US20180236666A1 - Robotic gripper camera - Google Patents

Robotic gripper camera Download PDF

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Publication number
US20180236666A1
US20180236666A1 US15/900,307 US201815900307A US2018236666A1 US 20180236666 A1 US20180236666 A1 US 20180236666A1 US 201815900307 A US201815900307 A US 201815900307A US 2018236666 A1 US2018236666 A1 US 2018236666A1
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United States
Prior art keywords
gripper
camera
manipulator arm
main body
vehicle
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Granted
Application number
US15/900,307
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US10486311B2 (en
Inventor
Annan Michael Mozeika
Timothy R. Ohm
Christopher Thomas Brown
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FLIR Detection Inc
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iRobot Defense Holdings Inc
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Priority to US201762461089P priority Critical
Application filed by iRobot Defense Holdings Inc filed Critical iRobot Defense Holdings Inc
Priority to US15/900,307 priority patent/US10486311B2/en
Assigned to IROBOT DEFENSE HOLDINGS, INC. reassignment IROBOT DEFENSE HOLDINGS, INC. ASSIGNMENT OF ASSIGNORS INTEREST (SEE DOCUMENT FOR DETAILS). Assignors: BROWN, CHRISTOPHER THOMAS, MOZEIKA, ANNAN MICHAEL, OHM, TIMOTHY R.
Publication of US20180236666A1 publication Critical patent/US20180236666A1/en
Assigned to ENDEAVOR ROBOTICS, INC. reassignment ENDEAVOR ROBOTICS, INC. CHANGE OF NAME (SEE DOCUMENT FOR DETAILS). Assignors: IROBOT DEFENSE HOLDINGS, INC.
Assigned to FLIR DETECTION, INC. reassignment FLIR DETECTION, INC. ASSIGNMENT OF ASSIGNORS INTEREST (SEE DOCUMENT FOR DETAILS). Assignors: ENDEAVOR ROBOTICS, INC.
Publication of US10486311B2 publication Critical patent/US10486311B2/en
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Classifications

    • BPERFORMING OPERATIONS; TRANSPORTING
    • B25HAND TOOLS; PORTABLE POWER-DRIVEN TOOLS; MANIPULATORS
    • B25JMANIPULATORS; CHAMBERS PROVIDED WITH MANIPULATION DEVICES
    • B25J9/00Programme-controlled manipulators
    • B25J9/16Programme controls
    • B25J9/1694Programme controls characterised by use of sensors other than normal servo-feedback from position, speed or acceleration sensors, perception control, multi-sensor controlled systems, sensor fusion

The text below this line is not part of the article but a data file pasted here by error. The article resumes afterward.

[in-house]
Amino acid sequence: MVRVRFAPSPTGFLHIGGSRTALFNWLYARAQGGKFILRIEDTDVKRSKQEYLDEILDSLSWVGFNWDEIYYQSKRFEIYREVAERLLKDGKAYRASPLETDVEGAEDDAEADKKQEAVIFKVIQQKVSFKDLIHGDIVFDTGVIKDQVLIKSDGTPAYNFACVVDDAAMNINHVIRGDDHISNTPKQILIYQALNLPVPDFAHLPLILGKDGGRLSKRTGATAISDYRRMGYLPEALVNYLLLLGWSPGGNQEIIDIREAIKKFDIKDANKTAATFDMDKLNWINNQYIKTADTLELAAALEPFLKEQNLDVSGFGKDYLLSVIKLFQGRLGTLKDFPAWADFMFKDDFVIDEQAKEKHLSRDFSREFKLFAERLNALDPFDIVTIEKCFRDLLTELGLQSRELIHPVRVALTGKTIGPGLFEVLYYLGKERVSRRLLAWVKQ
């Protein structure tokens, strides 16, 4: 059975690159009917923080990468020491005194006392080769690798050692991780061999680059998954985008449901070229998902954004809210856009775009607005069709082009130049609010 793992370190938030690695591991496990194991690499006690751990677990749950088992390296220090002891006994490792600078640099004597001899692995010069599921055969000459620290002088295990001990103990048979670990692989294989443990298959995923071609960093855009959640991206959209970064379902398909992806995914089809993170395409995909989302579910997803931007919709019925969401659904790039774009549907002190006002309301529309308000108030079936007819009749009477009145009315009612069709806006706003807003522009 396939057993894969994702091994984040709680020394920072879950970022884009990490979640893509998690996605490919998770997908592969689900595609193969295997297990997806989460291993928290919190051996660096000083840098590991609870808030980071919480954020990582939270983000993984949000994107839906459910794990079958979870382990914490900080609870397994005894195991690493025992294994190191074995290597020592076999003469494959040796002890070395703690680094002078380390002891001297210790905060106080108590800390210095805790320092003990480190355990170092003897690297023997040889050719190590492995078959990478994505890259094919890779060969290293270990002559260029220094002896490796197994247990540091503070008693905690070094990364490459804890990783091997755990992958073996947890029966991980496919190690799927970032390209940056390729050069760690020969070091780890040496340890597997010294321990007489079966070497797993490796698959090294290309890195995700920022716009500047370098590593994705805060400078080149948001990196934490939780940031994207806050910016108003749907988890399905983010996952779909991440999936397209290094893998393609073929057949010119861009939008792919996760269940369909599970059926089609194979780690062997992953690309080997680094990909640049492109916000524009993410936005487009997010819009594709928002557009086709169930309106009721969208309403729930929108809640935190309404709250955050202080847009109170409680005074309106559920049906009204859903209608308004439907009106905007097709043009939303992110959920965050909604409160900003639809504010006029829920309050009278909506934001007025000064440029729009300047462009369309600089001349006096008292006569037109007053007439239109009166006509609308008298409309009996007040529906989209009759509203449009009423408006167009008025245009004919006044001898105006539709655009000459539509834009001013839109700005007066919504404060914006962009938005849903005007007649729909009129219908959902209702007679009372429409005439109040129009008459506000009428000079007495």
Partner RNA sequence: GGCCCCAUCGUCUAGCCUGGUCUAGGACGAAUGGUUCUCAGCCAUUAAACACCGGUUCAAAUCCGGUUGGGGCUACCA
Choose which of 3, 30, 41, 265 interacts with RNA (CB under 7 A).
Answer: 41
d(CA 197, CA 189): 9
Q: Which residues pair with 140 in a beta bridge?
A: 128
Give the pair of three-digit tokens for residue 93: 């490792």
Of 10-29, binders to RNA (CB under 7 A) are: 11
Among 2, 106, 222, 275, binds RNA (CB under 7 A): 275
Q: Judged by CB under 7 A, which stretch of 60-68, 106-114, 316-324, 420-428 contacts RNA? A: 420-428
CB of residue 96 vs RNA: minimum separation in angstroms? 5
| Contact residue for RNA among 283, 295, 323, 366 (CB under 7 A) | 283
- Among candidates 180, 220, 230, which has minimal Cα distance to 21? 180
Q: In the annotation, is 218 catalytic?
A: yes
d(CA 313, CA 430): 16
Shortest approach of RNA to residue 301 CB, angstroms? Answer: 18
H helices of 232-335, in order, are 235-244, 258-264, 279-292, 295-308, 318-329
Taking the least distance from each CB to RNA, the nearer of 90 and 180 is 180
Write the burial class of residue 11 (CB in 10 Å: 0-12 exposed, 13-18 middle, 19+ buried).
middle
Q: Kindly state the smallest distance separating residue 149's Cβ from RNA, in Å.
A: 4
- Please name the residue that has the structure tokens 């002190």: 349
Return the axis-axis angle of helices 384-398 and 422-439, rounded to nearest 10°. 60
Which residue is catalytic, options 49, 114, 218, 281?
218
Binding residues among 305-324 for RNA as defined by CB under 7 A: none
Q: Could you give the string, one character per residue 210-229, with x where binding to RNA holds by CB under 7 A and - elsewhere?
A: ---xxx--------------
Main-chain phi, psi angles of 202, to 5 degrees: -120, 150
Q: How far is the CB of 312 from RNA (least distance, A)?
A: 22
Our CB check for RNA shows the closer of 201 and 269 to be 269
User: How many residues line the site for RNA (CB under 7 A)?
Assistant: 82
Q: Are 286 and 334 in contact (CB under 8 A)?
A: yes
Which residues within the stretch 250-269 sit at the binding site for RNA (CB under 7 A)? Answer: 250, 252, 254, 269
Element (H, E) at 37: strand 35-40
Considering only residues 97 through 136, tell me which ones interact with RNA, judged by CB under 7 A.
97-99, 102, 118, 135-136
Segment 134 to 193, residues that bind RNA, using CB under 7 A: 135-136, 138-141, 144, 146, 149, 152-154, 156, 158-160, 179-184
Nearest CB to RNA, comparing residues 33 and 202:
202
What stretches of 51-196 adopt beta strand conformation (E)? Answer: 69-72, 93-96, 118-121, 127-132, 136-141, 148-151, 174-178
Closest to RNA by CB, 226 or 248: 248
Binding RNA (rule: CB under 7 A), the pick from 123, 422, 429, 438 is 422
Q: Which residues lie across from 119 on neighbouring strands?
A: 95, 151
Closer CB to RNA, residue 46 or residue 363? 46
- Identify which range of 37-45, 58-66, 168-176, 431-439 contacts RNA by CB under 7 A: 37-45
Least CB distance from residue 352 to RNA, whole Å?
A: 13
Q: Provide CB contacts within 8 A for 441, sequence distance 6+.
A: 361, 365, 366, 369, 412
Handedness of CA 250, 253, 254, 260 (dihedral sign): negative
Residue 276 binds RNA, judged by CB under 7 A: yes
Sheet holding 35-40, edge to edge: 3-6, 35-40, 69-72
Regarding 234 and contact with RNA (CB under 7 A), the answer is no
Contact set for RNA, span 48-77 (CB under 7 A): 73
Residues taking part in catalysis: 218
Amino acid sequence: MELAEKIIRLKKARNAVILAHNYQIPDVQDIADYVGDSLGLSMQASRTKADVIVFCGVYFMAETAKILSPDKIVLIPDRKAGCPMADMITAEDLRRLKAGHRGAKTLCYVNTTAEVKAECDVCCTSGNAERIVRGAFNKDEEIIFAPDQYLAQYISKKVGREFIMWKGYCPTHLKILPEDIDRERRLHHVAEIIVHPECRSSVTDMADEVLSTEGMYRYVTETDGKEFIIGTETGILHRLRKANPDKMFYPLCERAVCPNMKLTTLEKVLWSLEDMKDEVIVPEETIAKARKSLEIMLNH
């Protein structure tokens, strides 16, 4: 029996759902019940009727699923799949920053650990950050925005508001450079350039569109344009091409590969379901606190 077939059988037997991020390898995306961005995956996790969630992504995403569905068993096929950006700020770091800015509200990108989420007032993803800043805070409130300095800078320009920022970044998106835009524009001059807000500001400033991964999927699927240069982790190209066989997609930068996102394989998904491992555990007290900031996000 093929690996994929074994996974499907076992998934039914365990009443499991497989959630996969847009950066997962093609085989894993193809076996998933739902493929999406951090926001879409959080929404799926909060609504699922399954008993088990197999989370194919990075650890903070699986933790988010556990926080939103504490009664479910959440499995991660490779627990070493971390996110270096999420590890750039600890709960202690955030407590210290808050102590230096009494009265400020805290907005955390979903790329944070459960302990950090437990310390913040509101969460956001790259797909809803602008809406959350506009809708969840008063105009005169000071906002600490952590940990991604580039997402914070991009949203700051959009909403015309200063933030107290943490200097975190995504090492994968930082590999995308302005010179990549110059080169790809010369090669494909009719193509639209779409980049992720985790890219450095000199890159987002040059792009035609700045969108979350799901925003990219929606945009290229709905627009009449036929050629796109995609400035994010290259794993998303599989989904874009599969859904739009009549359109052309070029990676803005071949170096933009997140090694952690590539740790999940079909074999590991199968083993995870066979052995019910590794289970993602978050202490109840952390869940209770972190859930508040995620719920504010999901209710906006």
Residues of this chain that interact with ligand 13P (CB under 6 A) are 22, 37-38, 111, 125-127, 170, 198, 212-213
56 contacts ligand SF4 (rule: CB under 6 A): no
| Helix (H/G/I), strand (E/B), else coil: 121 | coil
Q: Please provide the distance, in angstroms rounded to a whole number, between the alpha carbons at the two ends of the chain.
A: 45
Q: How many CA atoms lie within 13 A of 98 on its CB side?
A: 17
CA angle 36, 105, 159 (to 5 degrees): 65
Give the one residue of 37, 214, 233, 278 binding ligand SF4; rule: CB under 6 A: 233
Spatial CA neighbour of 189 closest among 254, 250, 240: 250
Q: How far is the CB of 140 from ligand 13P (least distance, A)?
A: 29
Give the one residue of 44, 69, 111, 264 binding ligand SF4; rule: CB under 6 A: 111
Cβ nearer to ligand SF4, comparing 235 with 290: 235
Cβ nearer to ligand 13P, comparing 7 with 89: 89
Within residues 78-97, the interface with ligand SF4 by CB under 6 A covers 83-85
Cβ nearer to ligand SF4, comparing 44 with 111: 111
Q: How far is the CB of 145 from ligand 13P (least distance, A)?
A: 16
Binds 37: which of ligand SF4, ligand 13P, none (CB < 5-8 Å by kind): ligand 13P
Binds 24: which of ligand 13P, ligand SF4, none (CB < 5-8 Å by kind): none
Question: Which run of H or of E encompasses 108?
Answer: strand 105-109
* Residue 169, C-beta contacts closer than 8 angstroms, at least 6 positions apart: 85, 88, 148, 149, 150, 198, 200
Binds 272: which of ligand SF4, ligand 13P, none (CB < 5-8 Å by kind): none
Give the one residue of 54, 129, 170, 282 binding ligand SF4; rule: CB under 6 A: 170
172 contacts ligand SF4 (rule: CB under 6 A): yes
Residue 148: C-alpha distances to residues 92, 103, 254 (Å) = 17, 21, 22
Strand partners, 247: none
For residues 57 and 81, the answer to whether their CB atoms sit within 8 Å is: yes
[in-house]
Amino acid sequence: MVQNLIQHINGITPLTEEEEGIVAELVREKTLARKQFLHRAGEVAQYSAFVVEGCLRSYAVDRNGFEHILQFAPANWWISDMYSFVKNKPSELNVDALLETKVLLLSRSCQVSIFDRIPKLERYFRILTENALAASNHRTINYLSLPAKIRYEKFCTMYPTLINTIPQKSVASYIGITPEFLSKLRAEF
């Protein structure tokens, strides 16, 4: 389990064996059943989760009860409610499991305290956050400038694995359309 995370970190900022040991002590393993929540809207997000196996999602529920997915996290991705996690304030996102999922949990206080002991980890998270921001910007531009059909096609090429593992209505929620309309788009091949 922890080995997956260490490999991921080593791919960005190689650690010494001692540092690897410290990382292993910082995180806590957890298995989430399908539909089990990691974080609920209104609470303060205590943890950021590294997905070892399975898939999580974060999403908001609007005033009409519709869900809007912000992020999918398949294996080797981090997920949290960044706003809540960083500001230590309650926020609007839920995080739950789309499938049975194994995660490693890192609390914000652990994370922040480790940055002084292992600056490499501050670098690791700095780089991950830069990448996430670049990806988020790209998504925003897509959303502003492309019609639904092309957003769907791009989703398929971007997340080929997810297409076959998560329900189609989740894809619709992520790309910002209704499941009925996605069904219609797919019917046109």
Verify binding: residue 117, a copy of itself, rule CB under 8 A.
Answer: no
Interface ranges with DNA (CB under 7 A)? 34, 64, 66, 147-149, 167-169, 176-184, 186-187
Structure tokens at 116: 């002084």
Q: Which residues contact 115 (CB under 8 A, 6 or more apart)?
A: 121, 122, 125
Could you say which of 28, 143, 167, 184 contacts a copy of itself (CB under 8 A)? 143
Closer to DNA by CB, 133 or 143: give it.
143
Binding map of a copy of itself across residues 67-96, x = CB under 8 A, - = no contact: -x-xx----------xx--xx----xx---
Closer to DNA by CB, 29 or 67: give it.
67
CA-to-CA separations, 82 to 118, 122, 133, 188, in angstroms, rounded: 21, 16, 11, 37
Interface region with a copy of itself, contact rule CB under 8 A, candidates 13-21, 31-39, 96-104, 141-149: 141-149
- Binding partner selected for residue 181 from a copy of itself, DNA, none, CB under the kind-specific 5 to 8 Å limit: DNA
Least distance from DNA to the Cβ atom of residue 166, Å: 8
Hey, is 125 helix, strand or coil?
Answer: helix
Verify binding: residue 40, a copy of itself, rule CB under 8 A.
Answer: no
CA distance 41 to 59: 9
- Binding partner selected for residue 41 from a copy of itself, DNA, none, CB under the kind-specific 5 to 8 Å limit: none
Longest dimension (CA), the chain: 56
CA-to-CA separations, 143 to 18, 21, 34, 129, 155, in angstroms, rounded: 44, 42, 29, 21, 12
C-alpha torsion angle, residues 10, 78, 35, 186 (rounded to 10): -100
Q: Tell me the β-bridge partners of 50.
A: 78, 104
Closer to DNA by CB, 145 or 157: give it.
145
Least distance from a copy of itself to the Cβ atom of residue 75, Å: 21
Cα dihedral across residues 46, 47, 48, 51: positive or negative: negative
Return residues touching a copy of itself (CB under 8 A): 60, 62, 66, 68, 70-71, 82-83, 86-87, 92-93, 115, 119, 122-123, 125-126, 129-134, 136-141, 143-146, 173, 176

• B25J9/1697Vision controlled systems
    • BPERFORMING OPERATIONS; TRANSPORTING
    • B25HAND TOOLS; PORTABLE POWER-DRIVEN TOOLS; MANIPULATORS
    • B25JMANIPULATORS; CHAMBERS PROVIDED WITH MANIPULATION DEVICES
    • B25J13/00Controls for manipulators
    • B25J13/006Controls for manipulators by means of a wireless system for controlling one or several manipulators
    • BPERFORMING OPERATIONS; TRANSPORTING
    • B25HAND TOOLS; PORTABLE POWER-DRIVEN TOOLS; MANIPULATORS
    • B25JMANIPULATORS; CHAMBERS PROVIDED WITH MANIPULATION DEVICES
    • B25J13/00Controls for manipulators
    • B25J13/06Control stands, e.g. consoles, switchboards
    • B25J13/065Control stands, e.g. consoles, switchboards comprising joy-sticks
    • BPERFORMING OPERATIONS; TRANSPORTING
    • B25HAND TOOLS; PORTABLE POWER-DRIVEN TOOLS; MANIPULATORS
    • B25JMANIPULATORS; CHAMBERS PROVIDED WITH MANIPULATION DEVICES
    • B25J15/00Gripping heads and other end effectors
    • B25J15/0009Gripping heads and other end effectors comprising multi-articulated fingers, e.g. resembling a human hand
    • BPERFORMING OPERATIONS; TRANSPORTING
    • B25HAND TOOLS; PORTABLE POWER-DRIVEN TOOLS; MANIPULATORS
    • B25JMANIPULATORS; CHAMBERS PROVIDED WITH MANIPULATION DEVICES
    • B25J15/00Gripping heads and other end effectors
    • B25J15/02Gripping heads and other end effectors servo-actuated
    • B25J15/0206Gripping heads and other end effectors servo-actuated comprising articulated grippers
    • B25J15/0213Gripping heads and other end effectors servo-actuated comprising articulated grippers actuated by gears
    • BPERFORMING OPERATIONS; TRANSPORTING
    • B25HAND TOOLS; PORTABLE POWER-DRIVEN TOOLS; MANIPULATORS
    • B25JMANIPULATORS; CHAMBERS PROVIDED WITH MANIPULATION DEVICES